Monday, February 21, 2005


From Betsy Speicher's CyberNet:

On Tuesday, February 22, 2005, the United States Supreme Court will hear arguments in Kelo vs. New London, for what could be an historic turning point in the battle for an individual's right to his own property against the government's power of eminent domain.

The argument on behalf of property rights was written by Dana Berliner, senior attorney for the Institute for Justice.

On Monday, February 21 at 12 Noon, on the steps of City Hall in New York City, Develop-Don't Destroy, a Brooklyn based group opposed to the abuse of eminent domain will hold a press conference.

At this event, CyberNetter Joe Wright will be one of those speaking against eminent domain abuse. Joe will be speaking as the defacto New York City representative of the Castle Coalition, a part of the Institute for Justice. (CyberNet, 02/20/05.)

In the news:

The Constitution's Fifth Amendment allows governments to seize private property in a process called eminent domain, as long as the owners receive "just compensation" and the property is for "public use." Kelo and the other property owners involved in the case say the city's plan does not represent a "public use" for the land. The city disagrees and says all the town's residents would benefit from the project. (USA Today, 02/20/05.)

Here is an excerpt from the article, The tyranny of eminent domain, by Larry Salzman and Alex Epstein.

If the Supreme Court rules against the property owners in Kelo, then no one's home or business is secure. As Dana Berliner, an attorney for the owners, explains: "If jobs and taxes can be a justification for taking someone's home or business then no property in America is safe. Anyone's home can create more jobs if it is replaced by a business and any small business can generate greater taxes if replaced by a bigger one." (Enter Stage Right, 02/21/05.)


UPDATE: [Editor's note to Allen Forkum: Thanks for sending me the cartoon!]

Castle Coalition (05/26/04)

Charles Gargano, head of the Empire State Development Corporation, is considered by CC to symbolize eminent domain in New York State. (Black & White World II, Other Art, ETC., page 225.)

UPDATE 02/23/05:
Read the post All Your Base Are Belong To Us at Coyote Blog. [Via Accidental Verbosity.]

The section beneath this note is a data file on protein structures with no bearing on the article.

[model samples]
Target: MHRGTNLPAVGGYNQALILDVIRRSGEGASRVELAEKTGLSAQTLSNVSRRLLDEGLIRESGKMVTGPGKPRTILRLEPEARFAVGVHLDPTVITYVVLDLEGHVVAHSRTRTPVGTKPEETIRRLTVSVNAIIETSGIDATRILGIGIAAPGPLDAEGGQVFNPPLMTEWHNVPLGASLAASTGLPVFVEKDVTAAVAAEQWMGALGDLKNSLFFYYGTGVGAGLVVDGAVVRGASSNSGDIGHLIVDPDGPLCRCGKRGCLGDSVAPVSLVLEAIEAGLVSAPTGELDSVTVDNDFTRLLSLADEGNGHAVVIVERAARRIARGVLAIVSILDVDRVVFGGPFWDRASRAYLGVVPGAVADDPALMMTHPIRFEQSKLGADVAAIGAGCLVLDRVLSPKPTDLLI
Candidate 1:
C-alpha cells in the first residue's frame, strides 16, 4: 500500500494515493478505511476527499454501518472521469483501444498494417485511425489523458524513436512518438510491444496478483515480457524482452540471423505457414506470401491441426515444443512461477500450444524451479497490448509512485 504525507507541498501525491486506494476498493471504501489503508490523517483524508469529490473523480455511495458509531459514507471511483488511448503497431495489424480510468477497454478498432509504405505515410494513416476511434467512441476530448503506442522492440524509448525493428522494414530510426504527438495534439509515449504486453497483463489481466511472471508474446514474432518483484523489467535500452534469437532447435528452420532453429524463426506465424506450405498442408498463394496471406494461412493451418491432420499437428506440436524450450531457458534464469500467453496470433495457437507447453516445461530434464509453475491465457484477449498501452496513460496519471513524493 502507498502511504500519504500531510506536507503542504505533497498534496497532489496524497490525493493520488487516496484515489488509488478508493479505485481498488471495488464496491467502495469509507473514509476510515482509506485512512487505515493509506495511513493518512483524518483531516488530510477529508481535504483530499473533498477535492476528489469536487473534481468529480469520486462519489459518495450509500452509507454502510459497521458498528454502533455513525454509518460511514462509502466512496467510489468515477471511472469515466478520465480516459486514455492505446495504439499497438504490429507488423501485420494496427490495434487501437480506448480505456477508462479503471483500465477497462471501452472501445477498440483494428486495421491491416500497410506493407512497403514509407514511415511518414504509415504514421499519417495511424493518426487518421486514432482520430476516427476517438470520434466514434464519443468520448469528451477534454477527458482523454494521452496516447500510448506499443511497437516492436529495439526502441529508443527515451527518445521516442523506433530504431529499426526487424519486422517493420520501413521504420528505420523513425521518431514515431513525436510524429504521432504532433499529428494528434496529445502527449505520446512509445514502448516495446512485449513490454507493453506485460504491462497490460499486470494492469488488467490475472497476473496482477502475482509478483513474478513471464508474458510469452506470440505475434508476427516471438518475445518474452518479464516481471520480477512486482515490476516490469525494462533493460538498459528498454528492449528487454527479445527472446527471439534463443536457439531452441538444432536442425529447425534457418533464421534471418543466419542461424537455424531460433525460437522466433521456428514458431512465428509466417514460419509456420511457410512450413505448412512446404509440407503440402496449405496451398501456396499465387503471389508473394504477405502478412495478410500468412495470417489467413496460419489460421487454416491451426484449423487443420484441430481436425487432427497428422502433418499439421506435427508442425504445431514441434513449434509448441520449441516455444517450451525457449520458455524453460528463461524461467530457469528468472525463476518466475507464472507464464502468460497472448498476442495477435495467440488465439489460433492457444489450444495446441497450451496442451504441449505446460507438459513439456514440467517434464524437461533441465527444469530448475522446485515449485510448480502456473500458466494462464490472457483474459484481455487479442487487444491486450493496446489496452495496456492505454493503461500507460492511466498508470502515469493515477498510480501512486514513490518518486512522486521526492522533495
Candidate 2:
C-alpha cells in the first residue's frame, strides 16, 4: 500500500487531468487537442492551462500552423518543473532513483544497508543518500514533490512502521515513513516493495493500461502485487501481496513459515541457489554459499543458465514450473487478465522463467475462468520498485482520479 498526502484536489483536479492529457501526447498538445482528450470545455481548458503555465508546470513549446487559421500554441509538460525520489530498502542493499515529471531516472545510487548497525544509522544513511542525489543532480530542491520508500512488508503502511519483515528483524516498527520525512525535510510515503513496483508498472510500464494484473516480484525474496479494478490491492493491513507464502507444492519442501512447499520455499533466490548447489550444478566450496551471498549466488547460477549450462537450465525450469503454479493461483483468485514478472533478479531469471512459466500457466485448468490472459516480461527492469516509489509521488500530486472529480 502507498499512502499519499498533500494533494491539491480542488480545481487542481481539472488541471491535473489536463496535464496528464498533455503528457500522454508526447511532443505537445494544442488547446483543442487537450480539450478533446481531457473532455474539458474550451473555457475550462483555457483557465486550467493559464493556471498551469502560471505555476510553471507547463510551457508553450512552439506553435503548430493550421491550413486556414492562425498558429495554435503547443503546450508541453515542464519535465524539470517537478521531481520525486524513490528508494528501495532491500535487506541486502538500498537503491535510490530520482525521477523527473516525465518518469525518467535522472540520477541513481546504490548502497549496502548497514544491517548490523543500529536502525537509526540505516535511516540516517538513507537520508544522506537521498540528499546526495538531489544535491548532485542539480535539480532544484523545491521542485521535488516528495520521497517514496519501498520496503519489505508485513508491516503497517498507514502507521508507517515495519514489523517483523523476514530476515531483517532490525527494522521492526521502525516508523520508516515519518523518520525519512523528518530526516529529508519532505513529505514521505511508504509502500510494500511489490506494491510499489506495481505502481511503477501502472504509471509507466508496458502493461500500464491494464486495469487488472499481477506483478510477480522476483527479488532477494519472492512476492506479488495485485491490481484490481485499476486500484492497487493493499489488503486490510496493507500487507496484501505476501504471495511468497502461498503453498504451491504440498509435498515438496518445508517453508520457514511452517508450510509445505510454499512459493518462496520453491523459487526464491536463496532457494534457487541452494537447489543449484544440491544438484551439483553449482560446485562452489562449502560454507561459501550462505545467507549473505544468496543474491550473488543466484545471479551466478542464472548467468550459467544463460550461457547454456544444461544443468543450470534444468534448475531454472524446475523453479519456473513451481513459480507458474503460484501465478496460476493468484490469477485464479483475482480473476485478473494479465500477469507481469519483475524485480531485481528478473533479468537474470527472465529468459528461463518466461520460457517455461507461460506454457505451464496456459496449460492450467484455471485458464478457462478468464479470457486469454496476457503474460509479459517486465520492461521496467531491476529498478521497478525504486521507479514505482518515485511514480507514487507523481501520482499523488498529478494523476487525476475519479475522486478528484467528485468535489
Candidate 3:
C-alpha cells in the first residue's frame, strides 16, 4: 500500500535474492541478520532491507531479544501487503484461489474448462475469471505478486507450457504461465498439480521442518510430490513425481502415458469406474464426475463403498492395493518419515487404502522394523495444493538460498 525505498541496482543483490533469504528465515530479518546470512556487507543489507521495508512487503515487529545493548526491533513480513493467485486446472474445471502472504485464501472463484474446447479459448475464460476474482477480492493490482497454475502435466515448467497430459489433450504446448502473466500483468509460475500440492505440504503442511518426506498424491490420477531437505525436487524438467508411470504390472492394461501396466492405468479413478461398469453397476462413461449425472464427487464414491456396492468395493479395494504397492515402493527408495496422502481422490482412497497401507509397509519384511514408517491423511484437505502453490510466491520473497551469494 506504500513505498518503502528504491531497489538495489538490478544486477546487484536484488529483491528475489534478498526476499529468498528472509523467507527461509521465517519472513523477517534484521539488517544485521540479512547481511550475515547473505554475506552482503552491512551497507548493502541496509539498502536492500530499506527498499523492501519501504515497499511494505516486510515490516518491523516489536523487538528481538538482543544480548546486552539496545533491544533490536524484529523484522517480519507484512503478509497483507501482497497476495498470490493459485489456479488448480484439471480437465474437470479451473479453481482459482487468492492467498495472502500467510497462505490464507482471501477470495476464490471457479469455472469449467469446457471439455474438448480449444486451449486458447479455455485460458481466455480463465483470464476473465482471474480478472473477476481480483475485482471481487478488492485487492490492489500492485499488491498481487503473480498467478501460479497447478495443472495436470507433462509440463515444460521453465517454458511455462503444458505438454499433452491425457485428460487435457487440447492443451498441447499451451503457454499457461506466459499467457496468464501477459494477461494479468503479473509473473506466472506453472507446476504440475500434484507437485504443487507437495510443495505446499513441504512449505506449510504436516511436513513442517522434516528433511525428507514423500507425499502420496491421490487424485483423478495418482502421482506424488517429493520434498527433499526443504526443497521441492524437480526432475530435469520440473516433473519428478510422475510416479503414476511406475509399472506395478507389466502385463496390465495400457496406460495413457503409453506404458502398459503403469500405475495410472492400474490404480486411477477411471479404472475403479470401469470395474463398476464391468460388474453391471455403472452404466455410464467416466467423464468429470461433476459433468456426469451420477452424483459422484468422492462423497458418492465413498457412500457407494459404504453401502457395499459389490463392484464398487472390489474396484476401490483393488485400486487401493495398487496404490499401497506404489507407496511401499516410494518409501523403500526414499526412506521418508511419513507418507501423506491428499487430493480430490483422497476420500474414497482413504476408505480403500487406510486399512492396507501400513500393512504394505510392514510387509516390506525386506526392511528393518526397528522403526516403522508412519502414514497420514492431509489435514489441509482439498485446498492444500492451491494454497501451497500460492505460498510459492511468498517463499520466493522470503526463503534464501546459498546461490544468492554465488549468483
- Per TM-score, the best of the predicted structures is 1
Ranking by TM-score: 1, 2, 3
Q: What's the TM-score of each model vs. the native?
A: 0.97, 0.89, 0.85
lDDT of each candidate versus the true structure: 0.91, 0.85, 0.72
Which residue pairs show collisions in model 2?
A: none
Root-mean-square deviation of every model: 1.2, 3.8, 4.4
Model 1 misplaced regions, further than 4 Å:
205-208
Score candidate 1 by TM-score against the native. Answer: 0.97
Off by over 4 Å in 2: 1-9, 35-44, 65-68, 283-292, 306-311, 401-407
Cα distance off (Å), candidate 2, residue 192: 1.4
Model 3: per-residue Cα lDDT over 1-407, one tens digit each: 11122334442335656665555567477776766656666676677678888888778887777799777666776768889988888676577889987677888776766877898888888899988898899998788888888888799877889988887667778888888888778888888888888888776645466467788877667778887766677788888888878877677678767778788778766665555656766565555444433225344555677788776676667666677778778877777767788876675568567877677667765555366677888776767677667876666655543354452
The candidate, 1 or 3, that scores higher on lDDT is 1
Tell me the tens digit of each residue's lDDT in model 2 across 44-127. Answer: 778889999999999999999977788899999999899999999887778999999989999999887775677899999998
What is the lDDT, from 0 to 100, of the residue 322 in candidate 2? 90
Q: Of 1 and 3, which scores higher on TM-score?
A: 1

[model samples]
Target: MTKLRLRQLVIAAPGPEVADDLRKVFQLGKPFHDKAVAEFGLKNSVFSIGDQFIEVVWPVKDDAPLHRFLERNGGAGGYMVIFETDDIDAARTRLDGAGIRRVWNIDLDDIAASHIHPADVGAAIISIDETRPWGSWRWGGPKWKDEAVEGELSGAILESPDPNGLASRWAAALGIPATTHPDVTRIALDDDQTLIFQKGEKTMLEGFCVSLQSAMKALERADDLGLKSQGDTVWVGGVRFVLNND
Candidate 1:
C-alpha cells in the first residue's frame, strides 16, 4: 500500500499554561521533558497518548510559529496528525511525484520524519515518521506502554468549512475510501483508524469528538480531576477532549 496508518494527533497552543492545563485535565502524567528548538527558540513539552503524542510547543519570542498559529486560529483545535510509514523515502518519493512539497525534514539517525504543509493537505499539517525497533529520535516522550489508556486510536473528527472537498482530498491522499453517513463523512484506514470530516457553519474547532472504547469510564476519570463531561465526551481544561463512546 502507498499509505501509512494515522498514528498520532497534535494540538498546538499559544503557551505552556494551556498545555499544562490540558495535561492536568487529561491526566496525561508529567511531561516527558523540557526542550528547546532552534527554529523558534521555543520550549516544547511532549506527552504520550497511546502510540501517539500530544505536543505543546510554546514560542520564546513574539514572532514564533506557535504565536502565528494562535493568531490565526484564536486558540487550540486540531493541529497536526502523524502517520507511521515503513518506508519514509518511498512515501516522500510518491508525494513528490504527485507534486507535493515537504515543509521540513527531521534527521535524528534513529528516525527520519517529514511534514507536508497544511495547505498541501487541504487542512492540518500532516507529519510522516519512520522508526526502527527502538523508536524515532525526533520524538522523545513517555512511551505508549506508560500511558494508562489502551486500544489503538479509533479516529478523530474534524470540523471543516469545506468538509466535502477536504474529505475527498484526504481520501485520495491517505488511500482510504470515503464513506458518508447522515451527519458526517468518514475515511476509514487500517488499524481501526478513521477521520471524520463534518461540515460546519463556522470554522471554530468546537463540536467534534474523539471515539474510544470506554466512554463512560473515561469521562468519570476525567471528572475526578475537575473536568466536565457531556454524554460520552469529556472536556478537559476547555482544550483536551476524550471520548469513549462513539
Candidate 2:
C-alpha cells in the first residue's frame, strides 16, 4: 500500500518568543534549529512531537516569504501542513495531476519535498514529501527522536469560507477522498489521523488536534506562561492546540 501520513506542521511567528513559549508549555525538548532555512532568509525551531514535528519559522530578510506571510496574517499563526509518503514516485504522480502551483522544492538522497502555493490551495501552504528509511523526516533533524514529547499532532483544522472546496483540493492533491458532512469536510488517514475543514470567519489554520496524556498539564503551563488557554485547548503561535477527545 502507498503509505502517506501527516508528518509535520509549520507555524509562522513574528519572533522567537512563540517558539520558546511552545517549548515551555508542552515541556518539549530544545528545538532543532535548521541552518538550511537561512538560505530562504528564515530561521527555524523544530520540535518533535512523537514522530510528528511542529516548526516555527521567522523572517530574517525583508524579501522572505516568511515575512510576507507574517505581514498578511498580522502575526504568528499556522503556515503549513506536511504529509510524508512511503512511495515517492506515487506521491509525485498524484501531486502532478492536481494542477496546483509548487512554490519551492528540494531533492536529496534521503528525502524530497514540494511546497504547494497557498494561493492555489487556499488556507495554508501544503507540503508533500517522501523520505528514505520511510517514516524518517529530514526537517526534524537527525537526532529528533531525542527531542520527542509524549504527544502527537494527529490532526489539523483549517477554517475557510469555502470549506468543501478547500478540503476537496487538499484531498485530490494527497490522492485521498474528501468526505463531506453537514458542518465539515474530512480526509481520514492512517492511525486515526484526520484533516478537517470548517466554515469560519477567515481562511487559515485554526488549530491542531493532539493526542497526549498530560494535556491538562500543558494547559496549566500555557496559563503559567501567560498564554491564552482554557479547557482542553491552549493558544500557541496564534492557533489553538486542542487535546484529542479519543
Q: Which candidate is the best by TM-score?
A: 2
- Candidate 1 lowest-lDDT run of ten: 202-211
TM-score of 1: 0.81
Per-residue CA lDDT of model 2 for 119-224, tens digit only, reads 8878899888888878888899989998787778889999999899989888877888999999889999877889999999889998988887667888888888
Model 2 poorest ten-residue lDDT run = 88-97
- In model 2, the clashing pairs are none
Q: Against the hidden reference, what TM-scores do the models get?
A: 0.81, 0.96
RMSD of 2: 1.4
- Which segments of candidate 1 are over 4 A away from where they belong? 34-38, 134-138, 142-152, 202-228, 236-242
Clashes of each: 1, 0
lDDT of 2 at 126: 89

UPDATE 02/25/05:
Here is an excerpt from the article, An attack on property rights.

How safe is the ideal of private property rights in America? We may soon going to find out. ...

We are reminded of a point of view expressed by philosopher/author Ayn Rand: "The idea that 'the public interest' supercedes private interests and rights can have but one meaning - that the interests and rights of some individuals take precedence over the interests and rights of others." ...

If the Supreme Court sides with the city in the Kelo v. New London case, it can be safely assumed that no individual's home or business is secure from government seizure.

That is not only unfair, it is un-American. (Santa Maria Times, 02/25/05.)

Here is an excerpt from Collin Levey's article, Taking a wrecking ball to property rights.

There's a famous photo from Tiananmen Square that has long captured the public imagination: In it, a single man in street clothes stands down a line of Chinese tanks rolling in to put down a protest.

The image came to mind this week while the Supreme Court was hearing oral argument in Kelo v. New London, a property-rights case in which politics is being conducted by bulldozer. ...

Property rights were written into the Constitution explicitly to defend against this very brand of wrecking-ball politics. Respect for private land is what separated this country from others with a penchant for seizing and nationalizing things at whim.

So here's to property owners around the country who are standing up to the bulldozer's advance. Let's hope the Supreme Court gives them reason for a toast. (The Seattle Times, 02/25/05.)

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